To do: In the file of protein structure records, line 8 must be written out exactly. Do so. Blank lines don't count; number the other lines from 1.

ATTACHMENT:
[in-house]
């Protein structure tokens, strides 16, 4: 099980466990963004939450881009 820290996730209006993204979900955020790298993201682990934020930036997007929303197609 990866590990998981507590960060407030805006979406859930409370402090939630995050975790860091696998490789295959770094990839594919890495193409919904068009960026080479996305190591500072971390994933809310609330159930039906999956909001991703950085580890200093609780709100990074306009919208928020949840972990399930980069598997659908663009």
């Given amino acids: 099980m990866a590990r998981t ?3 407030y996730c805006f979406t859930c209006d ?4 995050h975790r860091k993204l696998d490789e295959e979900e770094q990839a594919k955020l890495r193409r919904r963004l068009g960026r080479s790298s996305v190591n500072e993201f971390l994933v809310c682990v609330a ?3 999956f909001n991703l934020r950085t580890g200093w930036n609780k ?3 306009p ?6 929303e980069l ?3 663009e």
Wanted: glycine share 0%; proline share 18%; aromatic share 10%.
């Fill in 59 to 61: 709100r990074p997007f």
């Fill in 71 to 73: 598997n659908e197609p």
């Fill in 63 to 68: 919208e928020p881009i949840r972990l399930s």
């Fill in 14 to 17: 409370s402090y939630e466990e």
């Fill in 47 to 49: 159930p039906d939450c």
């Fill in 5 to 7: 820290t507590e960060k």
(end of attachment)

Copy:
């Fill in 14 to 17: 409370s402090y939630e466990e």